Slices of Japanese business, politics and life
No Obama moment in Japan
Opinion polls show the opposition Democratic Party of Japan is set for a runaway victory in Sunday’s general election, but voters are showing none of the enthusiasm that swept Barack Obama to the U.S. presidency last year.
When I talked to more than a dozen voters in a small town near Hiroshima, western Japan, they were interested in the election and had a lot to say about it. And most were looking for change — but not with a great deal of fervour.
Perhaps that’s because I was in Higashihiroshima, a conservative rural area surrounded by rice fields and known for its sake. The district has always voted for the Liberal Democratic Party (LDP) that has ruled Japan for all but 10 months during the past half century.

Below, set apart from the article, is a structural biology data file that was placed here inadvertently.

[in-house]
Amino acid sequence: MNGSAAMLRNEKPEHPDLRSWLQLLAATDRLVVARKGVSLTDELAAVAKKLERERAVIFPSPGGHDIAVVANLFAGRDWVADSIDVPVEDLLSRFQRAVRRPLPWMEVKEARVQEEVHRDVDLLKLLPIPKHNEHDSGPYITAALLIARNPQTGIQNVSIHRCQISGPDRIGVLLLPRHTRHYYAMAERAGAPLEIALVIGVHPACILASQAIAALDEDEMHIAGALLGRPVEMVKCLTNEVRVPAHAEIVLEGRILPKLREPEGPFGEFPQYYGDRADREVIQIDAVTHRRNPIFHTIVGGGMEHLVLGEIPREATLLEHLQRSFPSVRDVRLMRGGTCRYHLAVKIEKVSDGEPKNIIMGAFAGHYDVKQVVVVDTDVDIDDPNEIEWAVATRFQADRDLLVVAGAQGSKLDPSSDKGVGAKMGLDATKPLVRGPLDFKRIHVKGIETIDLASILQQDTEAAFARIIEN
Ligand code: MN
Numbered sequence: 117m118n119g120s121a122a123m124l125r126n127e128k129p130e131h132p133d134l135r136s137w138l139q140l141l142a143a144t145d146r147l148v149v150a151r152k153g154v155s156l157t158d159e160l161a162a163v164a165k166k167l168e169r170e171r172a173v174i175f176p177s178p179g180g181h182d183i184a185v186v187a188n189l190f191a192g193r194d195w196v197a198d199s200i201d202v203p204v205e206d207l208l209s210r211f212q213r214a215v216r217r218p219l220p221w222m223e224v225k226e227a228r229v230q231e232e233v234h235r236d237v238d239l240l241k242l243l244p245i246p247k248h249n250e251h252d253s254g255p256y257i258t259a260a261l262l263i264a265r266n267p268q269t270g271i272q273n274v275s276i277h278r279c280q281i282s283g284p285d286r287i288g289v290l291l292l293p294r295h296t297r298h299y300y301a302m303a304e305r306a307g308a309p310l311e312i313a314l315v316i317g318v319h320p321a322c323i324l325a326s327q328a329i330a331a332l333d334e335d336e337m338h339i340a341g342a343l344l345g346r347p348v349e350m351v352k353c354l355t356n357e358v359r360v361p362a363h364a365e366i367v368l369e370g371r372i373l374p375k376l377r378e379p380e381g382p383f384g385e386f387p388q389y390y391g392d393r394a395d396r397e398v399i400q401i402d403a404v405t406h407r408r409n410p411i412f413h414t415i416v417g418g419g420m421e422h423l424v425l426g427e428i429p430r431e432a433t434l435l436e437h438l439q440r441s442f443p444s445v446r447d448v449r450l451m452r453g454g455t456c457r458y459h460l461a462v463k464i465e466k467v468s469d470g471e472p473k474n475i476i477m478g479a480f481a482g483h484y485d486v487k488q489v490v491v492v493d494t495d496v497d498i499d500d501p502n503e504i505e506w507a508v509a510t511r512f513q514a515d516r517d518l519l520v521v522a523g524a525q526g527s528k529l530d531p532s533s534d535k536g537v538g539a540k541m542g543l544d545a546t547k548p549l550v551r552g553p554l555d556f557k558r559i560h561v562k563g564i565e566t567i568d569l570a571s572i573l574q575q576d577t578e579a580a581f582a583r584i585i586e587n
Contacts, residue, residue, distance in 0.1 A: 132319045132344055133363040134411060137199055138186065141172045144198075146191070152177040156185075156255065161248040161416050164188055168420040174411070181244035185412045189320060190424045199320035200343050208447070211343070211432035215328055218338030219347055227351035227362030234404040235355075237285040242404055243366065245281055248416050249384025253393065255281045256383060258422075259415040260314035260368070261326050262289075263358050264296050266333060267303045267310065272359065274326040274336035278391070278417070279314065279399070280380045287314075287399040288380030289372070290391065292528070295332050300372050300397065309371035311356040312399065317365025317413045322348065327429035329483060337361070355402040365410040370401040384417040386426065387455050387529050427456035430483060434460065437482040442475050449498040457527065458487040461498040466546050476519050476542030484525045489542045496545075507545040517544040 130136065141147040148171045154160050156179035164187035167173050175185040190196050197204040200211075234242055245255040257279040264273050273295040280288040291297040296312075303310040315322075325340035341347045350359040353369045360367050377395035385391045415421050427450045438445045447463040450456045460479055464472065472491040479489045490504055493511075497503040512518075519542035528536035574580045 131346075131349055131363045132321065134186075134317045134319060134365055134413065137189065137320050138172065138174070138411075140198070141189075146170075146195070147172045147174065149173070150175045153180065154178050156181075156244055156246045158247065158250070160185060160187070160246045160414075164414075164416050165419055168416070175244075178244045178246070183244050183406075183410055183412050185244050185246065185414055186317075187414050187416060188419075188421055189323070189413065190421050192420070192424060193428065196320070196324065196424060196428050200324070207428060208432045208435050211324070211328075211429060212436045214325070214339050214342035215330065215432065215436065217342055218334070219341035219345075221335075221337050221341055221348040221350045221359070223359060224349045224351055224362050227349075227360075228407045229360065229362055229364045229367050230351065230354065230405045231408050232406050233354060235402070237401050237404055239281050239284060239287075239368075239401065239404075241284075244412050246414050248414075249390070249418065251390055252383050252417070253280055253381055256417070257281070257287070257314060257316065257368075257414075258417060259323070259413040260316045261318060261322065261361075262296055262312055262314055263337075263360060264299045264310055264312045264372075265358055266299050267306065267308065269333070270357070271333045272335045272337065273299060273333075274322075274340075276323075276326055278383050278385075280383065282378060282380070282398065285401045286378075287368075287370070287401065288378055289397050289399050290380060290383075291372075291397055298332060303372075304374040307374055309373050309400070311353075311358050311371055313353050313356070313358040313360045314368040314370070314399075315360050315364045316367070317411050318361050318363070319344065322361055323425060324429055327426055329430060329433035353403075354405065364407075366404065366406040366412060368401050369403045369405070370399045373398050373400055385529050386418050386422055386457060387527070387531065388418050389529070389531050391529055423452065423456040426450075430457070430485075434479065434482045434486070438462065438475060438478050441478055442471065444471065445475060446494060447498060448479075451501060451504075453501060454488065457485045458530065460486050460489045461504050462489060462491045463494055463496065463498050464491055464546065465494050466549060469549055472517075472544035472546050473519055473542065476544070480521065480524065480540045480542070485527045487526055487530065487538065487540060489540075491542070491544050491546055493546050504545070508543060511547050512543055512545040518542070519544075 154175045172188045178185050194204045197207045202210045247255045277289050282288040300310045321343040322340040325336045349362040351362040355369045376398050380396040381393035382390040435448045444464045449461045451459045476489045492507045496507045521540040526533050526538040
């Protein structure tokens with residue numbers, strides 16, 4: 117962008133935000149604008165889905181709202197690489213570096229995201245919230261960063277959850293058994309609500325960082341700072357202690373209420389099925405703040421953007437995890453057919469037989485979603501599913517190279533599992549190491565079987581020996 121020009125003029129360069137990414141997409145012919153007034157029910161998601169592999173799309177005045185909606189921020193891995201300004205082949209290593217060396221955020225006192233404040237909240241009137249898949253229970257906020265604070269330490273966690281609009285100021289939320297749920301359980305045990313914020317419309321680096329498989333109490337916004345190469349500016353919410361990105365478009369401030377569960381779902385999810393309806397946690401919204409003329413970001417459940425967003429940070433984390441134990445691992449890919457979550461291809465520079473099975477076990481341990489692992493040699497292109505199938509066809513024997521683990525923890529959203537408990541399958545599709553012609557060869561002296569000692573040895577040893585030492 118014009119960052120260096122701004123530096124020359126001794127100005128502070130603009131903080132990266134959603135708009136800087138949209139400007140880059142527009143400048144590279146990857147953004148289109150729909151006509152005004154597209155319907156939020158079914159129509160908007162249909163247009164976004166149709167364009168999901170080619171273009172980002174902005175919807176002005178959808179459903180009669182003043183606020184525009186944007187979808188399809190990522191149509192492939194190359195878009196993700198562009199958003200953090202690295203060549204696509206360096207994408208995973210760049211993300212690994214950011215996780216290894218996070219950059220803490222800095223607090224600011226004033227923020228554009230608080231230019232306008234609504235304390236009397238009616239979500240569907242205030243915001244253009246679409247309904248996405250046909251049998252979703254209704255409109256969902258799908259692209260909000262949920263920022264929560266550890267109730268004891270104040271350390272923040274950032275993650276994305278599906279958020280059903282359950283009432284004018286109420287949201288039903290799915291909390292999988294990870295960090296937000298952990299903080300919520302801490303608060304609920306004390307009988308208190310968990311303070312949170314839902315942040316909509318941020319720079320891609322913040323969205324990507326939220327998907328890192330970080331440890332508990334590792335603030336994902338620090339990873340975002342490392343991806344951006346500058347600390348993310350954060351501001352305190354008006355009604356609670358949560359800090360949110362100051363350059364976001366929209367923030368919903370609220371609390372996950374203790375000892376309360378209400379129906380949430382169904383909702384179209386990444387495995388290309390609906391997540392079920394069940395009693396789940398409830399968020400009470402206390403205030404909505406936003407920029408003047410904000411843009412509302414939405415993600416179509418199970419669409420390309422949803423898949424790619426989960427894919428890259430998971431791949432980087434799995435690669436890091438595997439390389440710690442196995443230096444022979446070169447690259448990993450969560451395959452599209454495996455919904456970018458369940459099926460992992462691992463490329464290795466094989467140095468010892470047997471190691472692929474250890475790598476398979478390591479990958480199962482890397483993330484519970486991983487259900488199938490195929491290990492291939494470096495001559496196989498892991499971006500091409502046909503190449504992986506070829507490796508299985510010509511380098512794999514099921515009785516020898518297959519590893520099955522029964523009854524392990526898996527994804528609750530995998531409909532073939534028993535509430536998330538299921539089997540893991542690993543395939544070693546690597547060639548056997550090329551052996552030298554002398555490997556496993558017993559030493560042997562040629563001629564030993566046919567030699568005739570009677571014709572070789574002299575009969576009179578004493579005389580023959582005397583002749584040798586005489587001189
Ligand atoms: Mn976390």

The voters were also well aware of the raft of challenges, such as growing social welfare costs, facing a new government, and seemed to have low expectations for the Democrats.
“We can go back to the old way if the Democratic party fails,” 69-year-old Hiroaki Yamashita told me.
Still, they were pondering a once-unthinkable Democratic Party victory, not due to any wild enthusiam for the opposition Democrats but more so because they were fed up with the LDP.
“In the countryside, many people have been bound by personal connections with the LDP. But it is time for change,” 60-year-old Reiko Nishihashi told me.
“We have to let the Democrats take power,” she said at a rally by Democratic Party leader Yukio Hatoyama outside a shopping mall, adding she had always voted for the LDP in the past.
It is a common story when talking to voters in Japan, who look past claims that the Democrats have yet to say where they will get the money to fund their campaign promises.
It may not be an Obama moment, but it may deliver a landslide for the opposition party on Sunday.
Photo credit: REUTERS/Kim Kyung Hoon